Why weight (lift)?
I’ve been getting lots of questions about weight training, especially for downhill and 4X. This is a really complex topic, and everyone has a different idea. But here’s my approach:
“Anything a weak muscle can do, a strong muscle can do better.”
— my high school strength coach
During the winter Steve Peat does a general circuit training workout. Nothing super intense, he says, he just hits every body part to build overall strength.
All bike riders can benefit from an all-around strength program. It seems the stronger you are at pedaling, the weaker you are at everything else. Imagine the legs on a Tyrannosaur, then picture his puny arms.
Brad Andress, the strength coach for the Colorado Rockies baseball team, spoke at a recent EAS seminar. He said there are three reasons to work out in a gym:
1. Injury recovery or prevention. That’s me. My shoulders need constant maintenance.
2. Performance enhancement. See No. 3.
3. Self-image problems. I swing between feeling puny/weak and fat/slow. I focus on the pain, the only thing that’s real.
Aggressive riding demands total-body strength. You can get strong during the riding season, but it’s best to start the season with a strong base. Well-balanced musculature prevents injuries. Stronger muscles go longer faster. And if you can bench 300, chicks will dig you.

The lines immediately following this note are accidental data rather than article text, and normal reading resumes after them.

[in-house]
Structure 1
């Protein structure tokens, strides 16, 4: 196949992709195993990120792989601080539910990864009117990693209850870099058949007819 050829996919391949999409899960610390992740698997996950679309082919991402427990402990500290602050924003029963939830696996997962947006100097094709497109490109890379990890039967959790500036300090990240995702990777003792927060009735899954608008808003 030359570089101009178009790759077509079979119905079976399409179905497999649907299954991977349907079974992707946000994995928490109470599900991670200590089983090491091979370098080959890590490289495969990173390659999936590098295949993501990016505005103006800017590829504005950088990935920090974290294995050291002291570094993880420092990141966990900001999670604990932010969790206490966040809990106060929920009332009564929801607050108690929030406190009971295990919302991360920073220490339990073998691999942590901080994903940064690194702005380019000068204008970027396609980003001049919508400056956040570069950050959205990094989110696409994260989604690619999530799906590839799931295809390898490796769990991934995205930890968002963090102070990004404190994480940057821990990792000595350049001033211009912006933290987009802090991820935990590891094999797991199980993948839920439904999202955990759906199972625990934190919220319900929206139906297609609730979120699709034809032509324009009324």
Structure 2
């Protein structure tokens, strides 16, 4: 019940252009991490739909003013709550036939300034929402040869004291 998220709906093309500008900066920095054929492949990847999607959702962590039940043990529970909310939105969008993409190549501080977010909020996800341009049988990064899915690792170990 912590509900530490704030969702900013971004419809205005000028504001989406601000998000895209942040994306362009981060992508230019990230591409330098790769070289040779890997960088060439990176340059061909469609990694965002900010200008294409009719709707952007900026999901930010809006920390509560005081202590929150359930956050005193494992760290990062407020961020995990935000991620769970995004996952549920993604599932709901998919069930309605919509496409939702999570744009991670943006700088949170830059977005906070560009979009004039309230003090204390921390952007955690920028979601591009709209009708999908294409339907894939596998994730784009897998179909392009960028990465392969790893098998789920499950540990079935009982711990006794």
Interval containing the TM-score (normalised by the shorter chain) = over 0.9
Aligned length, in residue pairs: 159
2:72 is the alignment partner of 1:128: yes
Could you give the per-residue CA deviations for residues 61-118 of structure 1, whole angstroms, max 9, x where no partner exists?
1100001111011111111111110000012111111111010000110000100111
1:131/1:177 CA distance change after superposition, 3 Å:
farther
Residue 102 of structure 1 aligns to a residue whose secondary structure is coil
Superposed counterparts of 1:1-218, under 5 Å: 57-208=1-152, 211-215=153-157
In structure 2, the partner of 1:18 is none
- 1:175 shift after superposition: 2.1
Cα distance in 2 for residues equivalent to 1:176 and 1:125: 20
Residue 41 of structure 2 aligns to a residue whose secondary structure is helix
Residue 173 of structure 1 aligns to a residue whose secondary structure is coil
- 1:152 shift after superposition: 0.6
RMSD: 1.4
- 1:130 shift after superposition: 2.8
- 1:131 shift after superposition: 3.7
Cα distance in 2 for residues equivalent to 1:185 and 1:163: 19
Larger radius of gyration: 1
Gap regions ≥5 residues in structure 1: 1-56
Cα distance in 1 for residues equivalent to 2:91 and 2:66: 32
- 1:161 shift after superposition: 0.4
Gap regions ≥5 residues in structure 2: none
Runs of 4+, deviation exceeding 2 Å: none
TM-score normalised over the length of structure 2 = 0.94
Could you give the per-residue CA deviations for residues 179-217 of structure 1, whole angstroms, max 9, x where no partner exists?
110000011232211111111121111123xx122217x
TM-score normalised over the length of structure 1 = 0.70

Years ago Brian Lopes lifted heavy and got huge, but now he does a lots of reps and “low” weight. Low for him — maybe not for you.
There are a ton of approaches out there, but here are some core truths:
– Train you entire body. Hands to feet. The more joints the motion uses, the better.
– Don’t train body parts. Train movements.
– Train the major movers. Stability training is all the rage these days, but if you push your major muscles hard (e.g. squats), your stabilizers do what they’re made to do — stabilize.
– You don’t need specific equipment of protocols. As Andress said, any exercise counts as long as you can 1. Control the workload, 2. Steadily increase the workload, and 3. Measure your progress.
– Be consistent! It’ll get you farther than Herculean but sporadic lift-a-thons.
– Your sport is the main thing. Don’t weight-train so much you jack up your riding. It makes sense to lift most in the off season.
I’m always changing things up, but here’s my basic approach. It’s kept my shoulders safe, and it’s given me decent overall strength. You can do these motions with your bodyweight, barbells, dumbbells, rubber bands, sand bags, or whatever. Your muscles don’t know the difference. The key is to work all of the major movement planes. I try for twice a week if I’m not too thrashed from riding.
Not super impressive, but it gets the job done.
Upper body push
Up – military press
Forward – bench press
Down – dips
Upper body pull
Down – pulldowns or pullups
Toward you – bent or seated rows
Up – upright row, power clean
Lower body push
Lunges forward, backward and sideways
Lower body pull
Straight-legged dead lifts (hamstrings)
Forward planks and crunches
Backward planks and crunches
Sideways planks and crunches
Downward dog/upward dog yoga sequence
The whole shebang
Sun salutations (a simple yoga sequence)